LONDON — Leaked British government documents call into question ex-Prime Minister Tony Blair’s public statements on the buildup to the Iraq war and show plans for the U.S.-led 2003 invasion were being made more than a year earlier, a newspaper says.
Britain’s Sunday Telegraph published details of private statements made by senior British military figures claiming plans were in place months before the March 2003 invasion, but were so badly drafted they left troops poorly equipped and ill-prepared for the conflict.
The documents — transcripts of interviews from an internal defence ministry review of the conflict — disclose that some planning for the Iraq war had begun in February 2002. Maj. Gen. Graeme Lamb, then head of Britain’s special forces, was quoted as saying he had been “working the war up since early 2002,” according to the newspaper.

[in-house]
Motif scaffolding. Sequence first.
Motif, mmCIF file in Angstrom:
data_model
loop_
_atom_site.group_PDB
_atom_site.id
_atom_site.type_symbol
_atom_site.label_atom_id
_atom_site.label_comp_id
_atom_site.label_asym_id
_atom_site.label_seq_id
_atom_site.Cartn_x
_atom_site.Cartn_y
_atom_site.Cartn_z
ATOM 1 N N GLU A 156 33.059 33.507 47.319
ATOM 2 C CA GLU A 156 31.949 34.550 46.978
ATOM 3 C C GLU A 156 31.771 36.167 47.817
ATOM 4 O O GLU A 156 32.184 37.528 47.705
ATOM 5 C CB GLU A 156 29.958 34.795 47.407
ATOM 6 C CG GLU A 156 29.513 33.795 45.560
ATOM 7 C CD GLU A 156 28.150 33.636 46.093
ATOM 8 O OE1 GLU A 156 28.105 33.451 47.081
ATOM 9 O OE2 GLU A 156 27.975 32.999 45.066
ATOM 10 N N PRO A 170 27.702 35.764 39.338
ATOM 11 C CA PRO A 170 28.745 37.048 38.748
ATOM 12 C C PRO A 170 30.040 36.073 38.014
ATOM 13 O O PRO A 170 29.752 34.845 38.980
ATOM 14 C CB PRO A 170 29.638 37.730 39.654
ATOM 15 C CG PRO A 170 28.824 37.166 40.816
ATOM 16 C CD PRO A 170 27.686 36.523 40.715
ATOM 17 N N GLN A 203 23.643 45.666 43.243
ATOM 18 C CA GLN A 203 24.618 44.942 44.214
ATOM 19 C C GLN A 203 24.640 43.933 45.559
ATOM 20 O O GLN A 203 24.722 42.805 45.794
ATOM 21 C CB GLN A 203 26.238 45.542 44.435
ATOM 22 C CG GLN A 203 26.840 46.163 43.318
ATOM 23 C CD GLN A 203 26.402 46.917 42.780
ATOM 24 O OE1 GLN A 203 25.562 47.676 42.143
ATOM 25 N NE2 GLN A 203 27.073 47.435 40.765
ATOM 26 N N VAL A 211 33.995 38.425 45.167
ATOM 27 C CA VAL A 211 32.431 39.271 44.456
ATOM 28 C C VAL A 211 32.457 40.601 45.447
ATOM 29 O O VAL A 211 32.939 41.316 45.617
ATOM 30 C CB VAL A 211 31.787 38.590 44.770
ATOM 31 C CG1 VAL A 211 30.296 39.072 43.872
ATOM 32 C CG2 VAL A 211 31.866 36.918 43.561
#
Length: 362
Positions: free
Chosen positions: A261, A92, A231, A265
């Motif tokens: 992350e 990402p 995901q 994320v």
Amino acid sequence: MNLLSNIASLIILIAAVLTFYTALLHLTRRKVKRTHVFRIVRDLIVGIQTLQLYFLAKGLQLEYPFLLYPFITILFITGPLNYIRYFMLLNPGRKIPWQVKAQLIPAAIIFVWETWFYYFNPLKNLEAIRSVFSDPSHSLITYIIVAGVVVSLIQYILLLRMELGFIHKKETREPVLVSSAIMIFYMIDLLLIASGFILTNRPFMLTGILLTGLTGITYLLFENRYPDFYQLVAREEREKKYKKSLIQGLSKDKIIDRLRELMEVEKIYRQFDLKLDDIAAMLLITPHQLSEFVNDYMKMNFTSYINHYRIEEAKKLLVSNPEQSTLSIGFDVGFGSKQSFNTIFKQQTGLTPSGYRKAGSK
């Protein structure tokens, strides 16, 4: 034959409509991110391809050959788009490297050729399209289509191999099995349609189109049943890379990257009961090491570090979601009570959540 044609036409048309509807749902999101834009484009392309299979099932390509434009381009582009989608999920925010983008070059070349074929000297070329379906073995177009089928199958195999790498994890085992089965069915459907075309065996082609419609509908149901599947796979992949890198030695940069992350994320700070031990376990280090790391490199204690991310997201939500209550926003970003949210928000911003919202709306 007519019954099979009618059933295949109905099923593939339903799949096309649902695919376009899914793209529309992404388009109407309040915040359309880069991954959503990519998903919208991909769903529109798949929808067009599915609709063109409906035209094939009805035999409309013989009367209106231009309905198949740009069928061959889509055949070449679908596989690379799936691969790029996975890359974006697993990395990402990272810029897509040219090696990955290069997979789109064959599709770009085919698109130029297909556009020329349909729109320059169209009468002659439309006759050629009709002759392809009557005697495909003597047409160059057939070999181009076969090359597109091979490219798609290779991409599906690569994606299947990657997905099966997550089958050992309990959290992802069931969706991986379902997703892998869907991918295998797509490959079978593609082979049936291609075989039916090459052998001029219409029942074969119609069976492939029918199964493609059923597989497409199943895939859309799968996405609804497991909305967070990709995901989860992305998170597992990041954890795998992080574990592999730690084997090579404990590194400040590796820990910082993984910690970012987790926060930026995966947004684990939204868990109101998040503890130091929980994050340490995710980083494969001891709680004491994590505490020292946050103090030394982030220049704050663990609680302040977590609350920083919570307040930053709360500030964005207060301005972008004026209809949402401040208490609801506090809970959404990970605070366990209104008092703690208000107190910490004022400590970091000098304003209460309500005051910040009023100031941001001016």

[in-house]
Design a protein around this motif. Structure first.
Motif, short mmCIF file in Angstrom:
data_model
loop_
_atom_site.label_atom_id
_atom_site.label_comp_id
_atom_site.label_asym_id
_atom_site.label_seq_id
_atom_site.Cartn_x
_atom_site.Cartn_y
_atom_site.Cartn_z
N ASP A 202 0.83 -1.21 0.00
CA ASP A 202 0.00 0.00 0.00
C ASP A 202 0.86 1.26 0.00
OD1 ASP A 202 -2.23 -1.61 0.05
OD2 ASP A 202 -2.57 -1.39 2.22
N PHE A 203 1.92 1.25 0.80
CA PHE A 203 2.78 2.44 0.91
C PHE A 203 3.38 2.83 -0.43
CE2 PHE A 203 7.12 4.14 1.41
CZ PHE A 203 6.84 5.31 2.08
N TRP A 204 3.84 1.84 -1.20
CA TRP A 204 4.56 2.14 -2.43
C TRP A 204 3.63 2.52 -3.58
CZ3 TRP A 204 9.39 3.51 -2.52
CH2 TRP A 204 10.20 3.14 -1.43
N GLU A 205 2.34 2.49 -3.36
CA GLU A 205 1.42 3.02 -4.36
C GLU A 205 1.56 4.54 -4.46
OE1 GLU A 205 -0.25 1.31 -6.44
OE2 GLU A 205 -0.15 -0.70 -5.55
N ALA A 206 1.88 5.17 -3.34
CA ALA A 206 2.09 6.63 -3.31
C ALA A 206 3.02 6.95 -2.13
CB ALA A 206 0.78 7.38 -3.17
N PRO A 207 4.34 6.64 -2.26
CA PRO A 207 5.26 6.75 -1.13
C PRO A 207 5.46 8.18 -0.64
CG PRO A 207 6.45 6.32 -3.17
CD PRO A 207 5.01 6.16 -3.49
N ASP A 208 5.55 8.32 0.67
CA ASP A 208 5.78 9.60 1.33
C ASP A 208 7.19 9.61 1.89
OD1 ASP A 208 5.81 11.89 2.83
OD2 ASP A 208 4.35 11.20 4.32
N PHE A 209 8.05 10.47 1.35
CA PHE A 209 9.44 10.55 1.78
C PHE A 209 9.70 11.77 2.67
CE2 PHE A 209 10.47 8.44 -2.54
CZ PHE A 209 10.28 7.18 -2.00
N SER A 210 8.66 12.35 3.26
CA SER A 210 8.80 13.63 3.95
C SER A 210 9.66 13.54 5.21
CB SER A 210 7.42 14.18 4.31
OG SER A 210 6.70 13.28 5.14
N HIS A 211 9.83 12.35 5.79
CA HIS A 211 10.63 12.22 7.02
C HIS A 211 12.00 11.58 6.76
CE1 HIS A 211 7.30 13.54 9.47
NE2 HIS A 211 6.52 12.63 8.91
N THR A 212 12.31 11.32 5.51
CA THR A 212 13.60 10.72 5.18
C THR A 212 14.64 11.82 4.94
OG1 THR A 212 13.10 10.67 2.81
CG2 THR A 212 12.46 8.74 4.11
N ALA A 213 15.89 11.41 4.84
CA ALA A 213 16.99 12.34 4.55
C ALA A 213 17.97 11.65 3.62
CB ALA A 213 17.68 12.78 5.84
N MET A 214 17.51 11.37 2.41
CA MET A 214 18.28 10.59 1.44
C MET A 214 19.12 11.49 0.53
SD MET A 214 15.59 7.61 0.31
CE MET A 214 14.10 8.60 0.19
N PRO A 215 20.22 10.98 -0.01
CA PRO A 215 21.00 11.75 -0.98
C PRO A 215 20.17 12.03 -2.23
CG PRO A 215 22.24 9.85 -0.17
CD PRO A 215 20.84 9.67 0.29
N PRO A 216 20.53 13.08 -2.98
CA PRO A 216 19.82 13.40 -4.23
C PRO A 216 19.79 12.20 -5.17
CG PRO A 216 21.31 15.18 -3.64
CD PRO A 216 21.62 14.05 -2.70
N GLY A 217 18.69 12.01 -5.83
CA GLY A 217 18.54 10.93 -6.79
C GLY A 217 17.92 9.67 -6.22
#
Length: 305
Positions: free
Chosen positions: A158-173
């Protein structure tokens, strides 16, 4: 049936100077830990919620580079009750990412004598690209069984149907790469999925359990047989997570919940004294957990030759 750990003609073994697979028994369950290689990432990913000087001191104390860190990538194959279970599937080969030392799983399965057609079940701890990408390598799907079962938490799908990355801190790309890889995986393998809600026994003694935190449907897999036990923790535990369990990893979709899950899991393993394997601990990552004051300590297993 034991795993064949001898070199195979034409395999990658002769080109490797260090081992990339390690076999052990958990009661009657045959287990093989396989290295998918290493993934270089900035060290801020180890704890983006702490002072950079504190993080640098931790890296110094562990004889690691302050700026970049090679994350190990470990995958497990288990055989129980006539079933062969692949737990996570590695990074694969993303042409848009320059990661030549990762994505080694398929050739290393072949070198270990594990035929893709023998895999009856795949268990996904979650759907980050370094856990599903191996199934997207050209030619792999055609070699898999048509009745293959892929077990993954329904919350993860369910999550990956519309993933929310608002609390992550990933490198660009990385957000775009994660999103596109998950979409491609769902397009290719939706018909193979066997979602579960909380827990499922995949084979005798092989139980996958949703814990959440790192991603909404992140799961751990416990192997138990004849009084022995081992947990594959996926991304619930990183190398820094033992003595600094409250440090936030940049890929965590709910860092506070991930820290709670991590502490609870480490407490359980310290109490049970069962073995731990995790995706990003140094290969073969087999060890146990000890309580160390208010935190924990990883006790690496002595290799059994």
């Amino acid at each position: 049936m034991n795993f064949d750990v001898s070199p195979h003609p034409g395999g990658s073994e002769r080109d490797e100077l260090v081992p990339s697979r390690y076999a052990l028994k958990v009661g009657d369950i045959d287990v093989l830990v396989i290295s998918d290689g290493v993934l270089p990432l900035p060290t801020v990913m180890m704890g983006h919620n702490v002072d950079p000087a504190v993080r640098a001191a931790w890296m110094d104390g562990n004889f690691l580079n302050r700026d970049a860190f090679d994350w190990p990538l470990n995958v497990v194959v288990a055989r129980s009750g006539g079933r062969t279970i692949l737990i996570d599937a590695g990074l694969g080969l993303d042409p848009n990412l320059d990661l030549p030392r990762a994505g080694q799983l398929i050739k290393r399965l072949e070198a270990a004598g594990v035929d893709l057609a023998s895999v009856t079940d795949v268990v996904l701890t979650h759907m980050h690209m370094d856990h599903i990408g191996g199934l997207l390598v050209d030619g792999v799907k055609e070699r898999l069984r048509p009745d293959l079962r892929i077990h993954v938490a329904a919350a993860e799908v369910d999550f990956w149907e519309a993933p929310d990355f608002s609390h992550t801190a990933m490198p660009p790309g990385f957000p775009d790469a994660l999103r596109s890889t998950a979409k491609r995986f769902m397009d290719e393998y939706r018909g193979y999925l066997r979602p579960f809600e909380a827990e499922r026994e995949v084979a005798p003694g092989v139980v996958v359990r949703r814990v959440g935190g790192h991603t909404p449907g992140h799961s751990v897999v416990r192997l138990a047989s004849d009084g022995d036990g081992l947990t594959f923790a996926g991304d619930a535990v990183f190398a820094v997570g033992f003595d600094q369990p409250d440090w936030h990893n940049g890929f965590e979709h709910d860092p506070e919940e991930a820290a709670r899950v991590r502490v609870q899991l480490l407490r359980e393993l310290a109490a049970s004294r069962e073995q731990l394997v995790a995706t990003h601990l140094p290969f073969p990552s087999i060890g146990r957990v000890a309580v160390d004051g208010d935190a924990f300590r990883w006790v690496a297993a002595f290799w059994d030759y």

In July 2002, Blair told lawmakers at a House of Commons committee session that there were no preparations to invade Iraq.
Critics of the war have long insisted that Blair offered then-President George W. Bush an assurance as early as mid-2002 — before British lawmakers voted in 2003 to approve U.K. involvement — that Britain would join the war.
The leaked documents are likely to be supplied to a public inquiry established by Prime Minister Gordon Brown to scrutinize prewar intelligence and postwar planning, and which will hold its first evidence sessions later this week.